I sent an unsolicited manuscript – and got published!

To get published these days you don't just need an amazing book — you often also need an amazing and hardworking agent to go along with it.

But when Therese Creed wrote her first novel, Redstone Station, she submitted it to the first big publisher that would take her unsolicited manuscript. To her surprise, she received a formal offer on the book not long after.

Charlotte's Creek is her second novel released by Allen & Unwin, and we sat down with Therese to chat about her love of writing and outback adventures.

When did you become interested in writing?

I have always loved reading and loved creative writing at school. I decided in primary school that I was going to be a writer, but then gave up on the idea when advised by many wise people that I needed to choose a ‘real job.’ I never gave it another thought until I decided to write Redstone Station in 2011.

When I first came to the bush and discovered that farmers were not in fact the ‘environmental vandals’ that I'd always believed, I felt quite passionate about sharing my discovery with other city folk. Once I had married a grazier and become involved in running our beef breeding business, I also became aware of the issues and injustices affecting farmers as a result of legislation dreamed up by urban, office-dwelling bureaucrats. I started to write regular opinion pieces for the Rural Weekly (a Central Queensland paper) and the Queensland Country Life. The feedback I received from grateful farmers was overwhelming, they felt that I was voicing their concerns in a way that they themselves lacked the skills to be able to do.

I was still unsatisfied though, as these publications were only preaching to the converted, and no city papers showed any interest in printing them. I dearly wished to shatter some of the misconceptions that urban people have about primary producers, so I hatched the cunning plan of writing a novel, a rural romance that accurately portrayed contemporary life on the land, the resilience and ingenuity of bush people, and also touched on some of the challenges we face. I felt that this would be the perfect way to reach a wider audience.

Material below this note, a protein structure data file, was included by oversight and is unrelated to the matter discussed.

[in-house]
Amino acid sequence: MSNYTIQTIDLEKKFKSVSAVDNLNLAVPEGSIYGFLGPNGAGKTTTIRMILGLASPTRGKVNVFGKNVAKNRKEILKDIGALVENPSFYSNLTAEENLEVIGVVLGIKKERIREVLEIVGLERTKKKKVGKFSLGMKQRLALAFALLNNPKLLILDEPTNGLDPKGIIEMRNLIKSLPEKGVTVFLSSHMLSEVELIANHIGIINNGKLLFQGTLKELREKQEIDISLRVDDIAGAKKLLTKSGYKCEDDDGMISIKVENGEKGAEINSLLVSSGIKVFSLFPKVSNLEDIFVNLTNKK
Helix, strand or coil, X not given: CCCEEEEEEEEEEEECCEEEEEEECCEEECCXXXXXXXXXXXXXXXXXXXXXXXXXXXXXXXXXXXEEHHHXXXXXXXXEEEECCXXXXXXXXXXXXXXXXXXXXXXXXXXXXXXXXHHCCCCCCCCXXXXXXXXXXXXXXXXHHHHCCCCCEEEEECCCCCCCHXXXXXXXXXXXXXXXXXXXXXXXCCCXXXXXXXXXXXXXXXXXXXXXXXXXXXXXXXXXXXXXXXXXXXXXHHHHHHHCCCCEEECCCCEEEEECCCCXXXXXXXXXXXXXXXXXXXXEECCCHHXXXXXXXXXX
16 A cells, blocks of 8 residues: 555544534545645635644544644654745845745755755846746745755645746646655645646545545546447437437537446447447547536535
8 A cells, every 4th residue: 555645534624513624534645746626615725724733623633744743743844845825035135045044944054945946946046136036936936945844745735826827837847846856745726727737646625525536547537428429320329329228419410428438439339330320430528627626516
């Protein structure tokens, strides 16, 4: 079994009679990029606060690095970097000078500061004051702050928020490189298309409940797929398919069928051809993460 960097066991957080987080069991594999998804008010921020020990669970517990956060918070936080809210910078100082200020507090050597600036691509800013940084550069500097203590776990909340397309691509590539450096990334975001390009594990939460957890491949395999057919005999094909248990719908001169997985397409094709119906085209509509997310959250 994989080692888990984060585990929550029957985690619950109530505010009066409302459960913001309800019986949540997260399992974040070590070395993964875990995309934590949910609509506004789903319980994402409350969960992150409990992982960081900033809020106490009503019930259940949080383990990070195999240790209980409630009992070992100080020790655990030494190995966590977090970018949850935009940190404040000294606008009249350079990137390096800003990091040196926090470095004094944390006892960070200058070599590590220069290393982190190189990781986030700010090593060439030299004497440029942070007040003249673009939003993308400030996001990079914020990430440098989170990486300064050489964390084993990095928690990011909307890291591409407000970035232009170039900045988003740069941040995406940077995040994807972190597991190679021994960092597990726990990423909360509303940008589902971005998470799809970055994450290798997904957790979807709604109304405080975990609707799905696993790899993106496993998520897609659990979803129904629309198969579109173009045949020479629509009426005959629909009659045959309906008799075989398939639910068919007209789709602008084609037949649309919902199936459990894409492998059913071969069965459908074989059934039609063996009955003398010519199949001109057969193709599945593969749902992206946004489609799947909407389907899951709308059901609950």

It was still a wild dream when I started to write Redstone Station, but the book seemed to take on a life of its own, as did the characters, and they drove me relentlessly, turning something that was just a whim into a serious project that I worked on whenever I had a spare moment.

You're a city girl. What attracted you to the country? Has it been a culture shock?

From as early as I can remember, I dreamed of living in the country. I grew up in Sydney but was never a city girl. My love of horses, and dream to own one, ultimately led me to the Bicentennial National Trail, which I rode in 2003/2004 with my two newly acquired horses. I was on my own with them in the bush and we were all very green, so we fumbled along together.

I certainly had a steep learning curve in terms of bush skills and horse handling and, as I rode further north, cattle work that I took on wherever I could. While it was all very new, I wouldn't say it was a culture shock. It would be more accurate to say that at last I felt I'd found what I was looking for and the setting in which I belonged.

Farm lit (or Rural Lit) has become hugely popular recently. Why do you think this genre is such a hit?

I think that many Australians are trying to rediscover an Australian identity. So many examples of what Australians defined themselves by in the past; poetry, literature, movies and iconic Aussie characters, have dwindled. These have been replaced by American popular culture, a fascination with Hollywood celebrities and sporting stars from abroad. Also, until recently, most urban Australians still had ties with the bush, relatives or friends on farms. This is no longer the case and many people’s experience of the bush is vicarious only, and farm lit provides an avenue.